V0099. ALMA GLUCK: Alma Gluck in Opera and Song, 1911 - 1918, incl. Songs by Hildach, Cottenet, Tosti, de Fuentes, Saint-Saëns, Leroux, Hahn, Sinding, Arditi, Cornelius, Greene, Horsman, MacDowell, Cadman, Taylor, Spross, Lœwe, Rimsky-Korsakoff, etc.; Arias & Duets (w.Caruso & Homer) from Atalanta, Semele, Hippolyte et Aricie, Hänsel und Gretel, La Traviata, Pagliacci, Hubicka, Louise, La Sonnambula, La Boheme, Carmen, Samson et Dalila, Zemir et Azor, Tsar's Bride, Snegoroutchka & Natoma. 2-Marston 52001. Transfers by Ward Marston. Out-of-print, Final Copy! - 638335200125
"…music comes first as [Marston] pursues an ideal. These legendary performances, he insists, should sound not like ‘old records’ but like music, as free, truthful, and natural as modern technology can make it. The priceless treasures preserved by the phonograph over the past 100 years deserve no less….Unjustly forgotten American singers are high on Marston’s list: Alma Gluck, for instance, whose silvery voice enchanted the country between 1911 and 1924….49 exquisite selections from the soprano’s concert and opera repertory [are here] giving ample evidence of why Gluck’s limpid voice was so universally beloved."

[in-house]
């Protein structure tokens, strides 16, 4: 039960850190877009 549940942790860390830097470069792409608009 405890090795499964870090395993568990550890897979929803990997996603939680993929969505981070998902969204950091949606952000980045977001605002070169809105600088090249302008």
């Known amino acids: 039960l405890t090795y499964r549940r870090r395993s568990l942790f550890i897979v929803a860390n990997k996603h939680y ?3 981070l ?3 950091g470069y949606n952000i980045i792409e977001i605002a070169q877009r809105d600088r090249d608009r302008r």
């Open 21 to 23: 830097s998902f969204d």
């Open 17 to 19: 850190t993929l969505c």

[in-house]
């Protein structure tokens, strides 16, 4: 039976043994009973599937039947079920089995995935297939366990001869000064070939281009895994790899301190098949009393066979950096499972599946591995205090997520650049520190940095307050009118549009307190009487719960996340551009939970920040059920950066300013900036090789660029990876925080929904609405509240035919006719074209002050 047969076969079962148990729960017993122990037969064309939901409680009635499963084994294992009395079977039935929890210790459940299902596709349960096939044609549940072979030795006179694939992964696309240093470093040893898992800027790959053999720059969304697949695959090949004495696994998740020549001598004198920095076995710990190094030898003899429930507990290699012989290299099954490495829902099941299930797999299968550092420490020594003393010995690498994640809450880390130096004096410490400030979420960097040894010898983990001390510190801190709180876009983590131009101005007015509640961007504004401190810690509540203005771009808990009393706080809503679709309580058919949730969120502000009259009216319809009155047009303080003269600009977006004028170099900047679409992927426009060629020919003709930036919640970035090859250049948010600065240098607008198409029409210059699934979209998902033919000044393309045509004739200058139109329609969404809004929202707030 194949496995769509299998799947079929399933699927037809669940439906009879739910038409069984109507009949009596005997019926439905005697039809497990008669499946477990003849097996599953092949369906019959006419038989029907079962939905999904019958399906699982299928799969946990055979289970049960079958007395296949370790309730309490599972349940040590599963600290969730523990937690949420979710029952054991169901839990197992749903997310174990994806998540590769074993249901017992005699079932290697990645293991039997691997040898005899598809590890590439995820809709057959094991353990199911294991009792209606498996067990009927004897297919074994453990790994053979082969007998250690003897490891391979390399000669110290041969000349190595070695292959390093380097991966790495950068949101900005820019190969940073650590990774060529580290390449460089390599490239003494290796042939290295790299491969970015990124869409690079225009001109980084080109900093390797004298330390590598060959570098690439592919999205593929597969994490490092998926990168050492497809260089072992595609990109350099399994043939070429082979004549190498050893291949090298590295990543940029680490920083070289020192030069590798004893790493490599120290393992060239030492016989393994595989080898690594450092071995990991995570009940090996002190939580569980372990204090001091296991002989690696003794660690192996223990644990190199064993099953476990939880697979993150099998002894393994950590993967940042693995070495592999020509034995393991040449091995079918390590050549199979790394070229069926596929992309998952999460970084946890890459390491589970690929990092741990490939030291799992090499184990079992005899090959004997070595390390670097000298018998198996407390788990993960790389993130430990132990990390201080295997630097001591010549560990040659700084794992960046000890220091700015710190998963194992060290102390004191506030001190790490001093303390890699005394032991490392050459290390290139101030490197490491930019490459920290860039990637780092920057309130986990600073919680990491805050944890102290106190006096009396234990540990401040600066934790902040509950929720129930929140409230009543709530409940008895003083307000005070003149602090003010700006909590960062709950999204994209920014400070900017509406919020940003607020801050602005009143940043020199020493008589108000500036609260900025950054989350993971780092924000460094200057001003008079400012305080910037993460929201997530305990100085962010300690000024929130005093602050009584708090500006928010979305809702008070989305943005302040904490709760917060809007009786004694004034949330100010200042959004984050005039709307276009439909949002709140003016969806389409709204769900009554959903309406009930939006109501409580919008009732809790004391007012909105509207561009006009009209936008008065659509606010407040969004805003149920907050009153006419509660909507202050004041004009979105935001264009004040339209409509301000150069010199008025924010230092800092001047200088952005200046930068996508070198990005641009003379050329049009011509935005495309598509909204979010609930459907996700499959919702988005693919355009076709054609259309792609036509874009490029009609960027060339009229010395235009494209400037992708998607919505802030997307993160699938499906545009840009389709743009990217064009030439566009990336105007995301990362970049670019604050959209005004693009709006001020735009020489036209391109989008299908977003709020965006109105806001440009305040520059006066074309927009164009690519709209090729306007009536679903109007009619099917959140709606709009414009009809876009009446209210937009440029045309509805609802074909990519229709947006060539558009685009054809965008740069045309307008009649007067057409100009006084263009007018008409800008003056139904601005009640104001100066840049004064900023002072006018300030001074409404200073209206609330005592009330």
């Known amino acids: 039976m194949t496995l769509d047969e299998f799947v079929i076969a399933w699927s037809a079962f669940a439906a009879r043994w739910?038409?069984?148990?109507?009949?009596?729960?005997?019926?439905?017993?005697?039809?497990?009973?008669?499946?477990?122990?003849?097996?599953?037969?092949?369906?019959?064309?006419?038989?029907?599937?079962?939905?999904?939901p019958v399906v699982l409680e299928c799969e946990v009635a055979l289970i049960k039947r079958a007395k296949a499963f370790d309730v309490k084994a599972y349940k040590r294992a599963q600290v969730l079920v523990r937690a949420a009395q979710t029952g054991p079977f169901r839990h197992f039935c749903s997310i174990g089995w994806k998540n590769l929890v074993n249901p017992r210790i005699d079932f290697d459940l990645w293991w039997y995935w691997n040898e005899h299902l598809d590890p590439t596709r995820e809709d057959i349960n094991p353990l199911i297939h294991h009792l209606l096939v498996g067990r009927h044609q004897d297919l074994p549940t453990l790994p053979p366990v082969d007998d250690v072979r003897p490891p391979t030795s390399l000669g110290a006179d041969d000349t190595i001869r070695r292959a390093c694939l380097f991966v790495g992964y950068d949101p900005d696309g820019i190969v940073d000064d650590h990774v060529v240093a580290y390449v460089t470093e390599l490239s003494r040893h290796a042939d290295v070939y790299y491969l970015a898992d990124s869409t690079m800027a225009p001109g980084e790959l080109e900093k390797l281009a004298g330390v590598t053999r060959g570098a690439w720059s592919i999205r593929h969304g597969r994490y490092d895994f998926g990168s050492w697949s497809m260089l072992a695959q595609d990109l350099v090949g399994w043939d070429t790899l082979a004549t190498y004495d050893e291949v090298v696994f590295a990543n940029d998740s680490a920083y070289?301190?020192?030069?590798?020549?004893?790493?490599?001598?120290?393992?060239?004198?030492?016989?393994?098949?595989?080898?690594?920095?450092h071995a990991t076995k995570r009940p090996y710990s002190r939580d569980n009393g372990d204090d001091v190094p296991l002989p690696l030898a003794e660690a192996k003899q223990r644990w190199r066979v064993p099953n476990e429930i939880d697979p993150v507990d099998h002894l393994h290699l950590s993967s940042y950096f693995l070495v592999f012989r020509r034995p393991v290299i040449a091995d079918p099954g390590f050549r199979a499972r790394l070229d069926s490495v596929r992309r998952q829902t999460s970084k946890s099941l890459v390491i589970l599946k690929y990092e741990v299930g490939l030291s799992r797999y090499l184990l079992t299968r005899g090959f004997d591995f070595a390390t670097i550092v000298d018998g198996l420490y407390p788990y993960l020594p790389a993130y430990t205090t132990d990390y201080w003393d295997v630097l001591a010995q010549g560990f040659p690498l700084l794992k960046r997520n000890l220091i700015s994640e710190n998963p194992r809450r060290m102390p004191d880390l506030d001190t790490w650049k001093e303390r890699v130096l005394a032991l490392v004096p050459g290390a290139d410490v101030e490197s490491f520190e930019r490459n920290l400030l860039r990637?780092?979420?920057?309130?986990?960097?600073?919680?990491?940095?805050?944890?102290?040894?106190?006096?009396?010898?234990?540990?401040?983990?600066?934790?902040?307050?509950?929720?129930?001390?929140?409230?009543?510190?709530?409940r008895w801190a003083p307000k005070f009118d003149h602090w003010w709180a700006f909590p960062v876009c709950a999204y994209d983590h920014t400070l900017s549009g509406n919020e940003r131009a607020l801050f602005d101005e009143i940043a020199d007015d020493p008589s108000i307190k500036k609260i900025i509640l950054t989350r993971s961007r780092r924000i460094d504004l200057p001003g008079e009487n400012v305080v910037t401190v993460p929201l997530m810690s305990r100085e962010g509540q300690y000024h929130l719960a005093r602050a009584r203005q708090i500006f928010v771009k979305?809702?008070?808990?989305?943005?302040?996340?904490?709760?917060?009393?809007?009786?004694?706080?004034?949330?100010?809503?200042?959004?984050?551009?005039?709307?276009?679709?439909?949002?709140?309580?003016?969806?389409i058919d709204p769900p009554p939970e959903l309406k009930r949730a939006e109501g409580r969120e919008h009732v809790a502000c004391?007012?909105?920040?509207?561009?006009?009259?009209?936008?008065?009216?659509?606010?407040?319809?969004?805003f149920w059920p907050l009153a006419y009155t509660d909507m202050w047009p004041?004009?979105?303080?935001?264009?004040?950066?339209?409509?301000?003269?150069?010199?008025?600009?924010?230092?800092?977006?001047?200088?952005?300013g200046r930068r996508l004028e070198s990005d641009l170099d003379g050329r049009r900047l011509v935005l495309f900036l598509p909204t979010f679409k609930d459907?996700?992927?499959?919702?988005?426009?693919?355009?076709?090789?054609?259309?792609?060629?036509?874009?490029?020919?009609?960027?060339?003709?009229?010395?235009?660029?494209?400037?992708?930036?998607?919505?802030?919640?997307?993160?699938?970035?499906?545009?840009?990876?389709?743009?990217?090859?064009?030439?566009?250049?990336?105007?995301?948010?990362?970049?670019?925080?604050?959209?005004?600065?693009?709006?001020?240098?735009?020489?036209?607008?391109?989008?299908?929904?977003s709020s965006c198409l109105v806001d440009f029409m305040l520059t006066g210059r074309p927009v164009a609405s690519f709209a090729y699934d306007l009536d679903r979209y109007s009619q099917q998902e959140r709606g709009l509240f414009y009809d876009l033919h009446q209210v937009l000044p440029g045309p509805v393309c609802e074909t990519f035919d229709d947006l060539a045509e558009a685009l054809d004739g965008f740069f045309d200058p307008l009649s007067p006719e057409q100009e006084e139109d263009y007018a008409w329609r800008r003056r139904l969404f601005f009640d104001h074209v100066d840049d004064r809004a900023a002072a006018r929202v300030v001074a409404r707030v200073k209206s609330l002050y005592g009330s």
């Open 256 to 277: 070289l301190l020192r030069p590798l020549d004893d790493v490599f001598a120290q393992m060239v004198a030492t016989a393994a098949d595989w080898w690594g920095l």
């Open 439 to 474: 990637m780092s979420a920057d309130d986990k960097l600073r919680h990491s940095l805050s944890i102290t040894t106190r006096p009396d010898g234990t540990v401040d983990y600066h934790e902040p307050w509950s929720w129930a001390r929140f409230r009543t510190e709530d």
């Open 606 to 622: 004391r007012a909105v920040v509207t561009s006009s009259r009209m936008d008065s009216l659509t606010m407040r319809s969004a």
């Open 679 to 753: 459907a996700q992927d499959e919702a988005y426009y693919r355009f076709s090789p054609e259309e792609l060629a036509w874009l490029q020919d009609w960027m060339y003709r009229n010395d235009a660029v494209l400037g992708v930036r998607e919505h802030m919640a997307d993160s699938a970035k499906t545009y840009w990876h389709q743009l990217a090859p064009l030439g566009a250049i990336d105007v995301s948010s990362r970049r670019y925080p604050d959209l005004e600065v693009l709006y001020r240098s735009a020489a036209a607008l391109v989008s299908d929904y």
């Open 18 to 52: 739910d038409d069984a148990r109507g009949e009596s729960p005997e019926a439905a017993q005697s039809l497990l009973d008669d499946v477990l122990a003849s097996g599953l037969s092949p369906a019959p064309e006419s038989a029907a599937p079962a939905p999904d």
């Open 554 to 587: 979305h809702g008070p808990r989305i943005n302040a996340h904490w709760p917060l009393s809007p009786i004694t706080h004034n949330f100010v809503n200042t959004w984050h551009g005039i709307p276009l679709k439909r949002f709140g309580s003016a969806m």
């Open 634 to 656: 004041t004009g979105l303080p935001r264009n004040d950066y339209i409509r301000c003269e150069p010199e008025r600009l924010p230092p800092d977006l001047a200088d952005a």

- Peter G. Davis, NEW YORK, 24 Aug., 1998
“Alma Gluck was one of the most popular sopranos of all time. Born Reba Fiersohn in Romania, she came to the United States as an infant. Her Metropolitan Opera début as Sophie in Massenet's WERTHER launched her into a high-flying seven-year opera career, but later in life she devoted herself to concerts and recordings. She recorded for Victor, and her vintage 1915 recordings of songs sold millions of copies….Gluck's clarity of pronunciation, beauty of tone and accuracy in high ranges are still astounding. She was married to violinist Efrem Zimbalist, and like him taught at the Curtis Institute of Music in Philadelphia. Alma Gluck was the mother of popular television actor and part-time composer Efrem Zimbalist, Jr., and her daughter is the writer Marcia Davenport.”
- Uncle Dave Lewis, allmusic.com
"Perhaps best of all is the aria 'Rossignols amoureux' from Rameau's HIPPOLYTE ET ARICIE: just the sort of music that the great golden age singers leave most conspicuously alone, yet requiring the assurance of technique and beauty of voice that were supposed to be theirs. Gluck's record, with its clear placing and pure flutelike ease, did something to fill a notable gap in the old catalogues."
– J.B. Steane, THE GRAND TRADITION